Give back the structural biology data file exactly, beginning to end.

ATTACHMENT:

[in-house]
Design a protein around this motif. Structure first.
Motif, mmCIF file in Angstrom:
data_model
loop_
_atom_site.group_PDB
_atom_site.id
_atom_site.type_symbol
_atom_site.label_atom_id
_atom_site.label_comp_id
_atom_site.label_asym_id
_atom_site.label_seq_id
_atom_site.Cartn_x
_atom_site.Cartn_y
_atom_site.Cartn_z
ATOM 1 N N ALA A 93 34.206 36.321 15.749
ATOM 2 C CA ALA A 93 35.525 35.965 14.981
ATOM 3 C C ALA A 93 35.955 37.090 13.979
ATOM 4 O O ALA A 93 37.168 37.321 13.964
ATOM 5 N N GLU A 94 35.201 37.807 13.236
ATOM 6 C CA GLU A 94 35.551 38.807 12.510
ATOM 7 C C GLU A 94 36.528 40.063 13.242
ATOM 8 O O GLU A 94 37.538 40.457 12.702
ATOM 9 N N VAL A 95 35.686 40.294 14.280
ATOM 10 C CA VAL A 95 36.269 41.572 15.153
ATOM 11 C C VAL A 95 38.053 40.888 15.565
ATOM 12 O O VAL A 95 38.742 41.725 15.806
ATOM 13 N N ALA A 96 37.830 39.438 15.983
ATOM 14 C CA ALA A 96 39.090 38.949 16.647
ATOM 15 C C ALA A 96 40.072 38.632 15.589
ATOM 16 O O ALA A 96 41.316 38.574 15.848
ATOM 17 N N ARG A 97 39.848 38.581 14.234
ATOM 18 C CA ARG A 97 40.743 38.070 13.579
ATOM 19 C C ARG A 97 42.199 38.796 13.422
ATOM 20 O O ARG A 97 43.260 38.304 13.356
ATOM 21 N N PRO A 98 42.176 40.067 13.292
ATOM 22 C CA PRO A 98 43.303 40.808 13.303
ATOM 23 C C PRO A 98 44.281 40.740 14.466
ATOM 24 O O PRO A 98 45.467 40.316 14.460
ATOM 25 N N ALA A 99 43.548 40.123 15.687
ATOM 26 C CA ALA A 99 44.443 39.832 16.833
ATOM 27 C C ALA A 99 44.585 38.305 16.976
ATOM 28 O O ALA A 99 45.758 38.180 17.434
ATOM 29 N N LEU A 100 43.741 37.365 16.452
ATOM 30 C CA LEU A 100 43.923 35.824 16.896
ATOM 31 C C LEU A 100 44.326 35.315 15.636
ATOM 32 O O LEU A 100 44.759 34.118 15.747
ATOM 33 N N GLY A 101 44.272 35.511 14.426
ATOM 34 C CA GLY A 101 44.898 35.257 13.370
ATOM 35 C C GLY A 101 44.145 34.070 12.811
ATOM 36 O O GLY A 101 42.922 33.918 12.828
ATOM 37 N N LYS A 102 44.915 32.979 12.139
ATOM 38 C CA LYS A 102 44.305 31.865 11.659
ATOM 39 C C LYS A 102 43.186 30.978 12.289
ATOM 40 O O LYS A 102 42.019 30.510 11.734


[in-house]
Design a protein around this motif. Structure first.
Motif, mmCIF file in Angstrom:
data_model
loop_
_atom_site.group_PDB
_atom_site.id
_atom_site.type_symbol
_atom_site.label_atom_id
_atom_site.label_comp_id
_atom_site.label_asym_id
_atom_site.label_seq_id
_atom_site.Cartn_x
_atom_site.Cartn_y
_atom_site.Cartn_z
ATOM 1 N N ALA A 93 34.206 36.321 15.749
ATOM 2 C CA ALA A 93 35.525 35.965 14.981
ATOM 3 C C ALA A 93 35.955 37.090 13.979
ATOM 4 O O ALA A 93 37.168 37.321 13.964
ATOM 5 N N GLU A 94 35.201 37.807 13.236
ATOM 6 C CA GLU A 94 35.551 38.807 12.510
ATOM 7 C C GLU A 94 36.528 40.063 13.242
ATOM 8 O O GLU A 94 37.538 40.457 12.702
ATOM 9 N N VAL A 95 35.686 40.294 14.280
ATOM 10 C CA VAL A 95 36.269 41.572 15.153
ATOM 11 C C VAL A 95 38.053 40.888 15.565
ATOM 12 O O VAL A 95 38.742 41.725 15.806
ATOM 13 N N ALA A 96 37.830 39.438 15.983
ATOM 14 C CA ALA A 96 39.090 38.949 16.647
ATOM 15 C C ALA A 96 40.072 38.632 15.589
ATOM 16 O O ALA A 96 41.316 38.574 15.848
ATOM 17 N N ARG A 97 39.848 38.581 14.234
ATOM 18 C CA ARG A 97 40.743 38.070 13.579
ATOM 19 C C ARG A 97 42.199 38.796 13.422
ATOM 20 O O ARG A 97 43.260 38.304 13.356
ATOM 21 N N PRO A 98 42.176 40.067 13.292
ATOM 22 C CA PRO A 98 43.303 40.808 13.303
ATOM 23 C C PRO A 98 44.281 40.740 14.466
ATOM 24 O O PRO A 98 45.467 40.316 14.460
ATOM 25 N N ALA A 99 43.548 40.123 15.687
ATOM 26 C CA ALA A 99 44.443 39.832 16.833
ATOM 27 C C ALA A 99 44.585 38.305 16.976
ATOM 28 O O ALA A 99 45.758 38.180 17.434
ATOM 29 N N LEU A 100 43.741 37.365 16.452
ATOM 30 C CA LEU A 100 43.923 35.824 16.896
ATOM 31 C C LEU A 100 44.326 35.315 15.636
ATOM 32 O O LEU A 100 44.759 34.118 15.747
ATOM 33 N N GLY A 101 44.272 35.511 14.426
ATOM 34 C CA GLY A 101 44.898 35.257 13.370
ATOM 35 C C GLY A 101 44.145 34.070 12.811
ATOM 36 O O GLY A 101 42.922 33.918 12.828
ATOM 37 N N LYS A 102 44.915 32.979 12.139
ATOM 38 C CA LYS A 102 44.305 31.865 11.659
ATOM 39 C C LYS A 102 43.186 30.978 12.289
ATOM 40 O O LYS A 102 42.019 30.510 11.734